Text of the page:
Mentions: No differences were observed in the oxygen-based photosynthesis rates during the entire period of observation (Figure 1 A). Hence, during the light shift experiments all P. tricornutum cultures showed comparable gross photosynthesis rates of ∼60 µmol O2 mg Chl a−1 h−1 irrespective of the incident light quality. This stands in contrast to the growth rates that were observed to be slightly reduced during the first 48 h after the light shift from BL to RL (∼0.3 d−1 compared to 0.42 d−1 in pre-acclimated cultures), whereas in the shift from RL to BL, the growth was completely arrested during the first 24 h of the light shift (Figure 1 B). Growth rates fully recovered to about 0.4 d−1 within the next 48 h until day 3 after the start of the light shift. This result was similar when the growth rates were calculated on the basis of the cell number or on the dry matter yield (data not shown).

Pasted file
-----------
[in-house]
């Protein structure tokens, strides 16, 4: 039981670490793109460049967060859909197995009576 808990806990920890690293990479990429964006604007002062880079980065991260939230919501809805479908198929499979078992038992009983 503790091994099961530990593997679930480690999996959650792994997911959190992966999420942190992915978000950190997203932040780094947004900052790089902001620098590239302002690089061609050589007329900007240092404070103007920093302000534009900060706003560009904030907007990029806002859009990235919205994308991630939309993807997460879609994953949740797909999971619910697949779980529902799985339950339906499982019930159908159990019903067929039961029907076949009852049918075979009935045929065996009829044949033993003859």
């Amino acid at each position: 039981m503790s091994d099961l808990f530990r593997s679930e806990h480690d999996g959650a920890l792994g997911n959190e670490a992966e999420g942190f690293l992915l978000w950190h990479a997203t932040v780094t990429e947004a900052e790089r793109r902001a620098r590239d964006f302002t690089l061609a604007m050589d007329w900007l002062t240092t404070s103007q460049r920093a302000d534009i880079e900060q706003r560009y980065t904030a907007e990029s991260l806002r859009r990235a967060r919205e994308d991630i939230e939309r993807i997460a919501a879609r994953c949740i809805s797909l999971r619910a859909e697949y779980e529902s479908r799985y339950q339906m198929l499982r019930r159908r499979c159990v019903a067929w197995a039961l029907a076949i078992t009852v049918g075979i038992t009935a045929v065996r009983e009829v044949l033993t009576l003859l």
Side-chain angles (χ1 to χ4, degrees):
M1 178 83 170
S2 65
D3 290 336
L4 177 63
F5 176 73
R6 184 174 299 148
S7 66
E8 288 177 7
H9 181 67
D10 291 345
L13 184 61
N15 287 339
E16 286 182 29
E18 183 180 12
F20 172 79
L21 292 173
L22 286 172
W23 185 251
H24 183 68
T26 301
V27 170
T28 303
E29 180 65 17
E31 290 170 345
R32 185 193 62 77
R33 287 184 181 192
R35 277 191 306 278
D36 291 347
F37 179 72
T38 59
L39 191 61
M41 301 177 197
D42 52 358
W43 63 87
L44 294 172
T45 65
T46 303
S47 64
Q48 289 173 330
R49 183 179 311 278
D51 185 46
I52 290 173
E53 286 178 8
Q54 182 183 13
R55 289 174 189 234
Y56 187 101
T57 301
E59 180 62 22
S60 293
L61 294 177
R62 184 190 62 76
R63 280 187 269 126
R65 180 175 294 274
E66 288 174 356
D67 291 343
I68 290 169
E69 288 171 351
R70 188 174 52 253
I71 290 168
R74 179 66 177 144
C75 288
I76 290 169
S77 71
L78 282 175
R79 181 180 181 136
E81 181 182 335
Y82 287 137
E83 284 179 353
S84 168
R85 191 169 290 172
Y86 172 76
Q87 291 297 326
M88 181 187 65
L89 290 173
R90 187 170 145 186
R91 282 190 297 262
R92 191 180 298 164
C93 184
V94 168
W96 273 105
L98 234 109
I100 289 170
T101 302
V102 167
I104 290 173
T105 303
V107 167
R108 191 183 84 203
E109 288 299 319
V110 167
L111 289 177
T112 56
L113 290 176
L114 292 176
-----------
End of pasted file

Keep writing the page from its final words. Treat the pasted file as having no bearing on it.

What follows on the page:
Bottom Line: Thus, during the shift from RL to BL, increased concentrations of amino acids and TCA cycle intermediates were observed whereas during the BL to RL shift the levels of amino acids were decreased and intermediates of glycolysis accumulated.The results are discussed with respect to a putative direct regulation of cellular enzymes by light quality and by transcriptional regulation.Interestingly, the short-term changes in the metabolome were accompanied by changes in the degree of reduction of the plastoquinone pool.

View Article: PubMed Central - PubMed

Affiliation: Department of Plant Physiology, Institute of Biology, Faculty of Biosciences, Pharmacy and Psychology, University of Leipzig, Leipzig, Germany; Department of Computational Landscape Ecology, Helmholtz Centre for Environmental Research - UFZ, Leipzig, Germany.

ABSTRACT